Give Errol Morris any topic (the more obscure and bizarre the better), and he'll likely dazzle you with what he can come up with. And as a testament to his powers of narrative force, all the famed documentarian needs is about six minutes to let his latest short, an endeavor for New York Times where he frequently writes, to say more about the JFK assassination than Oliver Stone did in his own three hour movie (which is a still great watch).
"The Umbrella Man" focuses on the lone, mysterious titular figure present in Dealey Plaza that day, who has been the subject of great debate for conspiracy theorists for decades. However, author Josiah "Tink" Thompson, who wrote the book "Six Seconds In Dallas," gives an utterly fascinating breakdown of the surprising truth about who that man was and why he was the only person in Dallas that bright, warm day, walking around with an umbrella.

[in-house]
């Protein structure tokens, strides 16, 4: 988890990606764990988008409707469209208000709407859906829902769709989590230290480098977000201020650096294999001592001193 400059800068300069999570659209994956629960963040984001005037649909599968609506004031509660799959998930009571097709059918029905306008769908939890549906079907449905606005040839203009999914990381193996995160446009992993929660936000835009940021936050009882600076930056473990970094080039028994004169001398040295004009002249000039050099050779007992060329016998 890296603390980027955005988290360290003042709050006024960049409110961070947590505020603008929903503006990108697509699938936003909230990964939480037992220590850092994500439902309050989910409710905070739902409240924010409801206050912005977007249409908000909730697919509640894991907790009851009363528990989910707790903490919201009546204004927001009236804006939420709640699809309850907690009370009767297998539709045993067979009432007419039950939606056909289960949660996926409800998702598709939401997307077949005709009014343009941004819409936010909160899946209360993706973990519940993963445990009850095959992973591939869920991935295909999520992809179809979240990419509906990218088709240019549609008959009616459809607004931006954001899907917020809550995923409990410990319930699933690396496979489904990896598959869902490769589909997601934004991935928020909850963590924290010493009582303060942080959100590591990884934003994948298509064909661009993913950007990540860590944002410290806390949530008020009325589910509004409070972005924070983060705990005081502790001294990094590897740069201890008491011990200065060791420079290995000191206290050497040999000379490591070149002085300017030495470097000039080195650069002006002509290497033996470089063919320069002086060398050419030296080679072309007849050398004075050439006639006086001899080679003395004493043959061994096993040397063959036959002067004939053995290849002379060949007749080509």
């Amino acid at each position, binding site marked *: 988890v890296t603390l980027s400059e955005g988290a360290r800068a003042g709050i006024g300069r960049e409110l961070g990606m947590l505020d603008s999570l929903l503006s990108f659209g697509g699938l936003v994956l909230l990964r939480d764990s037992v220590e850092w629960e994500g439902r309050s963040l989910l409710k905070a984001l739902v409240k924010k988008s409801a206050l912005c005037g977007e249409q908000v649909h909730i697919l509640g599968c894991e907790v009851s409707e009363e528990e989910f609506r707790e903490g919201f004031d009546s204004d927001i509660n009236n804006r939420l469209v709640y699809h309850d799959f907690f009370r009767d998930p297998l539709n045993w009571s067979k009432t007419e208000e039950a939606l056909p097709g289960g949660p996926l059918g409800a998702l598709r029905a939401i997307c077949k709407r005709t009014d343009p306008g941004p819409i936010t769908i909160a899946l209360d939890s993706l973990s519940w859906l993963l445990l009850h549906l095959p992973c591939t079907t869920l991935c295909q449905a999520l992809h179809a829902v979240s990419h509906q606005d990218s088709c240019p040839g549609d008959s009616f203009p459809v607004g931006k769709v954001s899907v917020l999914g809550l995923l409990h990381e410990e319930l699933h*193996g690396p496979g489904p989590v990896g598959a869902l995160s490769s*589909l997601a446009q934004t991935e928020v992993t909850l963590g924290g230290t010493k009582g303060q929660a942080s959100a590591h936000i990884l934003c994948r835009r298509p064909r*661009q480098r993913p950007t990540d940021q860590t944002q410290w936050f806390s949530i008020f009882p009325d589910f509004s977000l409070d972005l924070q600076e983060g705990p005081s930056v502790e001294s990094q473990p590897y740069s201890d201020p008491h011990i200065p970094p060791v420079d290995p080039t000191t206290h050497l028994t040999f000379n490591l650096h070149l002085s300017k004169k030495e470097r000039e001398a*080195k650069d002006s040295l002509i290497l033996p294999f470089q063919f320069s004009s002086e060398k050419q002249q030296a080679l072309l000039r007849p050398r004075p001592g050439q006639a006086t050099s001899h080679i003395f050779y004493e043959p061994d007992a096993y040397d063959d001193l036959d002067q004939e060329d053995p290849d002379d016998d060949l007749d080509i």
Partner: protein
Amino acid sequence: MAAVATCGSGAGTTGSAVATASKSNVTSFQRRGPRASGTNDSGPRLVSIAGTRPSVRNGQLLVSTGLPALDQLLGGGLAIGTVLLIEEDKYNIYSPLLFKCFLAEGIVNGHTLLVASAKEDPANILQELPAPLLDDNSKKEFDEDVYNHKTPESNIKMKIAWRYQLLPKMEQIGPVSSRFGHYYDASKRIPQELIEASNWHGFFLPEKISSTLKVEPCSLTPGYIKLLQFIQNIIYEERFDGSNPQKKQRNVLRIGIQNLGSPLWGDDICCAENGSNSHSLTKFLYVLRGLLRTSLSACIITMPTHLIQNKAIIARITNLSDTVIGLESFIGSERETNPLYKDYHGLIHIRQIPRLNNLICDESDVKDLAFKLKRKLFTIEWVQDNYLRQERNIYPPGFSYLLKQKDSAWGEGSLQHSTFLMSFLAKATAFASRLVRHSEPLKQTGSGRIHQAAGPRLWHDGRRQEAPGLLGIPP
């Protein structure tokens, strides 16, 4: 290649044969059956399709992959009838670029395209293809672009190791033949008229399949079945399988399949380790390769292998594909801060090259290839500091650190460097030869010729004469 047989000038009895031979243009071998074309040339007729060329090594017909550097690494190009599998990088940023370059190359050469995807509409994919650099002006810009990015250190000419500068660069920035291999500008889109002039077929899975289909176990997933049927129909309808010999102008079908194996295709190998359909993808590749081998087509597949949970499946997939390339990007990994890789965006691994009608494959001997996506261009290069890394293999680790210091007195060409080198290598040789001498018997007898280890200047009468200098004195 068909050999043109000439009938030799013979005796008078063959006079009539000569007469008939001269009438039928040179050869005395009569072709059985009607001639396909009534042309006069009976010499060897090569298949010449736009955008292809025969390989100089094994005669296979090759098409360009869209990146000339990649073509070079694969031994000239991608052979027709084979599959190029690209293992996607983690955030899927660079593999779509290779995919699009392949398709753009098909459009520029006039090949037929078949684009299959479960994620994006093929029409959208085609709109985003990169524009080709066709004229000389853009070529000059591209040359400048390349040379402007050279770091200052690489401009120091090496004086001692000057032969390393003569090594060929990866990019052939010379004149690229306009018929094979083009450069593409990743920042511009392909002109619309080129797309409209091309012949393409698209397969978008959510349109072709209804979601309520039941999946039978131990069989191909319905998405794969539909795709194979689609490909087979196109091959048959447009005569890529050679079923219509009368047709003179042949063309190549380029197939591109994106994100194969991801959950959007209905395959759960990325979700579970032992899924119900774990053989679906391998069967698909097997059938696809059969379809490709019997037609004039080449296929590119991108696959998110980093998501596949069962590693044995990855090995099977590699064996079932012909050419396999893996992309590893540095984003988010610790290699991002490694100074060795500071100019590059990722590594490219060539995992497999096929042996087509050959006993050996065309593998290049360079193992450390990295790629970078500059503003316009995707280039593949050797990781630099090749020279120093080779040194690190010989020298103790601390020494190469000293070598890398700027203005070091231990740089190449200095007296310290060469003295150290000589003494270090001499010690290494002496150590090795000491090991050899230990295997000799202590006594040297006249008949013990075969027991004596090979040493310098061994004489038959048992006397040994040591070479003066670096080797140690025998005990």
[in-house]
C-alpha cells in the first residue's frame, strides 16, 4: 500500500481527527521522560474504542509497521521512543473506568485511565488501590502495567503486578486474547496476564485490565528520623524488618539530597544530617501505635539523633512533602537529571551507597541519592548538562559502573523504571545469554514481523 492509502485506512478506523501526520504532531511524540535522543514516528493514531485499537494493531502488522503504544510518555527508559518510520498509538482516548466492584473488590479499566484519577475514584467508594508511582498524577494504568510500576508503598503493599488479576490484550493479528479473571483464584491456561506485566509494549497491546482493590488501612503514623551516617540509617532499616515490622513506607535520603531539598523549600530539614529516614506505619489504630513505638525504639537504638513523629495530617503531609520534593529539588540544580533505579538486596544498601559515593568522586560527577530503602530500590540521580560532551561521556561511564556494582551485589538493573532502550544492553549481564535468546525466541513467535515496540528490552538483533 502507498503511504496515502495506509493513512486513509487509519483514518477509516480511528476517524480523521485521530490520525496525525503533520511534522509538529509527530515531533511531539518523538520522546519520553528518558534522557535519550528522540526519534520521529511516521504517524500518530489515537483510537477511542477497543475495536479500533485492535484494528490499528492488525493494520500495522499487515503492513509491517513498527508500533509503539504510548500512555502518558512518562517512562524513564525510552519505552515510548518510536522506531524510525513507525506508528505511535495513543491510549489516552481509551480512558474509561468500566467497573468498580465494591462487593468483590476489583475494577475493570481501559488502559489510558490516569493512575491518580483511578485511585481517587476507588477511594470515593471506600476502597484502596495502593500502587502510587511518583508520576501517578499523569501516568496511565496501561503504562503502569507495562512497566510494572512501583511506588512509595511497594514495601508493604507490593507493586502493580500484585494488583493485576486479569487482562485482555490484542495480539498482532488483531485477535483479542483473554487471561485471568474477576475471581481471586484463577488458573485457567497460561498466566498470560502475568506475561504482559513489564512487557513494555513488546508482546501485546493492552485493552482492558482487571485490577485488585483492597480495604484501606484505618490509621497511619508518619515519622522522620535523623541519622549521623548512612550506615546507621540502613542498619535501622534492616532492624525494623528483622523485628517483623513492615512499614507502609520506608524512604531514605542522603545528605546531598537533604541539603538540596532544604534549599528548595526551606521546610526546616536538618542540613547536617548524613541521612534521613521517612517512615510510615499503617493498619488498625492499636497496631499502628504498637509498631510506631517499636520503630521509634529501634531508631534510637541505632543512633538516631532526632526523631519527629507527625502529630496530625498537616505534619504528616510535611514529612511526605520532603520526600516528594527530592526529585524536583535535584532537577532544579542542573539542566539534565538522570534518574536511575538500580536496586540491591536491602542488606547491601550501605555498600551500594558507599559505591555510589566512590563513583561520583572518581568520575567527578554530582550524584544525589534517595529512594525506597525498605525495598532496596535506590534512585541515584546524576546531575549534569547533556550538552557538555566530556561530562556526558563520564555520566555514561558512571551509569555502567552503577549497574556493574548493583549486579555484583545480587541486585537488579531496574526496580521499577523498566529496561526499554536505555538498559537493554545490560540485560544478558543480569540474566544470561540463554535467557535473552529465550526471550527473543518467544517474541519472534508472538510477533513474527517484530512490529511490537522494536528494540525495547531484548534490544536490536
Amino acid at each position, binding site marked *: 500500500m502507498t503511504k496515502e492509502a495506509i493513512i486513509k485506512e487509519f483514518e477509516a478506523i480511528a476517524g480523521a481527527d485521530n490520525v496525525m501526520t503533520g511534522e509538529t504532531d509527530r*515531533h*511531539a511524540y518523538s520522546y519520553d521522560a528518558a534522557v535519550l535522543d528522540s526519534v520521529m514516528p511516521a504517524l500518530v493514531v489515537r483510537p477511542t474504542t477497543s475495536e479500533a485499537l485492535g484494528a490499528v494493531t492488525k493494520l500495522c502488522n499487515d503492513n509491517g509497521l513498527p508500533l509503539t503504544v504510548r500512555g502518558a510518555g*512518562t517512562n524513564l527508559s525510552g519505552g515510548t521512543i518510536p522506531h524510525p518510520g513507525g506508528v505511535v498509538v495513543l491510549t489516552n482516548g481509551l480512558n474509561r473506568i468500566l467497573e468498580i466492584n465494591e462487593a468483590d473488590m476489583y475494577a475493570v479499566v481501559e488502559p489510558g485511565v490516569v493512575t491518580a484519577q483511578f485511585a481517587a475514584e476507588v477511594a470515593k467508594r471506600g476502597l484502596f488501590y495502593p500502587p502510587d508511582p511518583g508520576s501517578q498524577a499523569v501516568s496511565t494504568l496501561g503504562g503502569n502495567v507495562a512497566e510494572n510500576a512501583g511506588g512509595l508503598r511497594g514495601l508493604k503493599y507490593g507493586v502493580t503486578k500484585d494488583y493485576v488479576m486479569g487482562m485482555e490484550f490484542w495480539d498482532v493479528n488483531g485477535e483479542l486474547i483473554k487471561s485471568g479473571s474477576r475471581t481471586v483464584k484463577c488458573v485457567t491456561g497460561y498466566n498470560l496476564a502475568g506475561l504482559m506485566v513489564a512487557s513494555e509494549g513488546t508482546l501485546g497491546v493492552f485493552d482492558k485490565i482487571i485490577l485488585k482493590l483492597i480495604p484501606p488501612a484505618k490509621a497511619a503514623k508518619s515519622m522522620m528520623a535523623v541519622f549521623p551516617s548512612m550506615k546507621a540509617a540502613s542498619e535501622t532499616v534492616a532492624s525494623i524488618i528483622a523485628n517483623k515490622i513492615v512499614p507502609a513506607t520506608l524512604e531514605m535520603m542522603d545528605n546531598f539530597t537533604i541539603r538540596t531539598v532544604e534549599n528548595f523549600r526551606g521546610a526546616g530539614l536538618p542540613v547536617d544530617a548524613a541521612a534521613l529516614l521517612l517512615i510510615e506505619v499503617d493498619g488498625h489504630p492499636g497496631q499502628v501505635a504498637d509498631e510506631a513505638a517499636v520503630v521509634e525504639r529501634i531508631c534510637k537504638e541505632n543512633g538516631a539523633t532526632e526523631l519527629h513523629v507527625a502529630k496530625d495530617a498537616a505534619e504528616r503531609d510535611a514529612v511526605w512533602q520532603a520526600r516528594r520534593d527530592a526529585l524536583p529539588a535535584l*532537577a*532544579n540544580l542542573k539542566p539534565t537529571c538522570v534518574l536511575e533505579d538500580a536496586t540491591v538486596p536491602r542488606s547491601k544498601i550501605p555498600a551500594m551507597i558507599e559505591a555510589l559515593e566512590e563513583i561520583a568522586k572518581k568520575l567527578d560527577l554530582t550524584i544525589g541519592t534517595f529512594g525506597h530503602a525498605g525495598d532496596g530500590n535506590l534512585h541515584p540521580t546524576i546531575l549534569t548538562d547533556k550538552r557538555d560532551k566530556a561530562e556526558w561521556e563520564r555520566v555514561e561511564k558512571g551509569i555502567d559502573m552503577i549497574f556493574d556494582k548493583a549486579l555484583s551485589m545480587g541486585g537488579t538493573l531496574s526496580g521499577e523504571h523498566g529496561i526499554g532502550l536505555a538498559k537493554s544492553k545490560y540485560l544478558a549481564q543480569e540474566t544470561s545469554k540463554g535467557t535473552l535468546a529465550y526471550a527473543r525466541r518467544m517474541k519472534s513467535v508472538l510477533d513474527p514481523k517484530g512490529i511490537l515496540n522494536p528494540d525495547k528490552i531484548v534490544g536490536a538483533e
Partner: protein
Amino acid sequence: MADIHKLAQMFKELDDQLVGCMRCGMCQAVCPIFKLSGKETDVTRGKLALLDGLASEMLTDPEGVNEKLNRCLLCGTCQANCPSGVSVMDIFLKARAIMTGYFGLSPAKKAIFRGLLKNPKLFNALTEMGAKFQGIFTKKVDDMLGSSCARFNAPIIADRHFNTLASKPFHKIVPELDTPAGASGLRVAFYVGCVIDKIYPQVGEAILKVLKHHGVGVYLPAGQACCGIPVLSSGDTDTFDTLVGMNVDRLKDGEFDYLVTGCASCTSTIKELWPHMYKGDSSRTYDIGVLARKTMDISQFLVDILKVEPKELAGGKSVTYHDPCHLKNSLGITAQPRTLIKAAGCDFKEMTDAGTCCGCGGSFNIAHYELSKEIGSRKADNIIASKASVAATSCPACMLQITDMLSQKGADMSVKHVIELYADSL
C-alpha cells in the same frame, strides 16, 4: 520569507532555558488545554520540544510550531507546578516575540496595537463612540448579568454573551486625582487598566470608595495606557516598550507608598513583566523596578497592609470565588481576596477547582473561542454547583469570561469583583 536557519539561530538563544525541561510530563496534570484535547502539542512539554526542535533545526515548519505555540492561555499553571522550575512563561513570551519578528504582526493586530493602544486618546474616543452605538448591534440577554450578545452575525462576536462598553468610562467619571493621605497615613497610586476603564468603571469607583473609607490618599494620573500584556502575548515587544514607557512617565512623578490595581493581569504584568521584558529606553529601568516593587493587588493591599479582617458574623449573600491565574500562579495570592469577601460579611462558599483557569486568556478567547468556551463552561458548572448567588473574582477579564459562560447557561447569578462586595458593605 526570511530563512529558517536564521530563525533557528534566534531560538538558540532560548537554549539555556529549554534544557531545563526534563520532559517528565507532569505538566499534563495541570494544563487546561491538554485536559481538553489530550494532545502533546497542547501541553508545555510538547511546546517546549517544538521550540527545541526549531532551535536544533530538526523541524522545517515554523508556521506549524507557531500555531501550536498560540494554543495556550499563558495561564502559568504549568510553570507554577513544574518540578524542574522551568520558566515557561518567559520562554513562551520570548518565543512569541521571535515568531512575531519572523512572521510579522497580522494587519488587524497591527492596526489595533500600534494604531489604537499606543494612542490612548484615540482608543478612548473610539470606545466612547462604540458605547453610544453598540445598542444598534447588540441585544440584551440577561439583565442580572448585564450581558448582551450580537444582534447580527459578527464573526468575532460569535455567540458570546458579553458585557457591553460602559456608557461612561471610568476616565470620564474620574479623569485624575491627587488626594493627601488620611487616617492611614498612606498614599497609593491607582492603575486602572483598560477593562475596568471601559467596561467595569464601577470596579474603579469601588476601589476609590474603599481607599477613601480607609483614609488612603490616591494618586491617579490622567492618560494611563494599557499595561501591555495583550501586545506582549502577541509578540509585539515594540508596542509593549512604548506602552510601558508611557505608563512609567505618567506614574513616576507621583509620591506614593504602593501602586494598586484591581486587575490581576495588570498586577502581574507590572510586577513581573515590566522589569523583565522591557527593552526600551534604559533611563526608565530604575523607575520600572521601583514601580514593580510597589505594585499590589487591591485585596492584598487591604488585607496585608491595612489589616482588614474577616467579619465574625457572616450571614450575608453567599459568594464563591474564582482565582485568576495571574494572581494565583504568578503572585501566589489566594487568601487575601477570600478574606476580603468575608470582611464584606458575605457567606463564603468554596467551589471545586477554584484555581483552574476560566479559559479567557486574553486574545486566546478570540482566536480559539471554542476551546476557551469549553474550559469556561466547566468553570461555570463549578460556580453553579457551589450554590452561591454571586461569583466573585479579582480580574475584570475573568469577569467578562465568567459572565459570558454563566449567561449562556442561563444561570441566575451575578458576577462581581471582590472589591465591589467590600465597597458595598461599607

"You can never on your own think up all the non-sinister, perfectly valid explanations," Thompson explains, and in Morris' typically beautiful way, and aided by a great score, we find out as always, that truth is so much stranger than fiction. This is some pretty great stuff, and the first of what Morris hopes will be a multi-part examination of the assassination (awesome). Watch below, and bear in mind, this is only a small portion of a six-hour interview Morris had with Thompson. Astounding.